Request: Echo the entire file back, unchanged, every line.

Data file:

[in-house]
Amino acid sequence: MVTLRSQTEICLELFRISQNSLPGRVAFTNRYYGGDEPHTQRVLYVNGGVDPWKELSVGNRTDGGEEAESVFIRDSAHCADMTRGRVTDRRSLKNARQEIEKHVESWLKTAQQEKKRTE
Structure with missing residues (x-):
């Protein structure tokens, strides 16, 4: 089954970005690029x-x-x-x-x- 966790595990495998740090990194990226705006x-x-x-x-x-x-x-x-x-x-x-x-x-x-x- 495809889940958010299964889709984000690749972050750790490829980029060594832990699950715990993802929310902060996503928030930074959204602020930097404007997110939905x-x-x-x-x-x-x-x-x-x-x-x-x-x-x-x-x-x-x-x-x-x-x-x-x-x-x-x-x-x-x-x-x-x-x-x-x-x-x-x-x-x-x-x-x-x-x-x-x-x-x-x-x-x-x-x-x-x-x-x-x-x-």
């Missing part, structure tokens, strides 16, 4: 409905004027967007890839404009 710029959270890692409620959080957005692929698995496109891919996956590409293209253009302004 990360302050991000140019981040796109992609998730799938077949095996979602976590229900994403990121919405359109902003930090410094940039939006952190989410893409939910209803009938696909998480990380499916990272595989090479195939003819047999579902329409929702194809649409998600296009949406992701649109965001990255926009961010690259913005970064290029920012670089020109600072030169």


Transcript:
[in-house]
Amino acid sequence: MVTLRSQTEICLELFRISQNSLPGRVAFTNRYYGGDEPHTQRVLYVNGGVDPWKELSVGNRTDGGEEAESVFIRDSAHCADMTRGRVTDRRSLKNARQEIEKHVESWLKTAQQEKKRTE
Structure with missing residues (x-):
């Protein structure tokens, strides 16, 4: 089954970005690029x-x-x-x-x- 966790595990495998740090990194990226705006x-x-x-x-x-x-x-x-x-x-x-x-x-x-x- 495809889940958010299964889709984000690749972050750790490829980029060594832990699950715990993802929310902060996503928030930074959204602020930097404007997110939905x-x-x-x-x-x-x-x-x-x-x-x-x-x-x-x-x-x-x-x-x-x-x-x-x-x-x-x-x-x-x-x-x-x-x-x-x-x-x-x-x-x-x-x-x-x-x-x-x-x-x-x-x-x-x-x-x-x-x-x-x-x-």
């Missing part, structure tokens, strides 16, 4: 409905004027967007890839404009 710029959270890692409620959080957005692929698995496109891919996956590409293209253009302004 990360302050991000140019981040796109992609998730799938077949095996979602976590229900994403990121919405359109902003930090410094940039939006952190989410893409939910209803009938696909998480990380499916990272595989090479195939003819047999579902329409929702194809649409998600296009949406992701649109965001990255926009961010690259913005970064290029920012670089020109600072030169």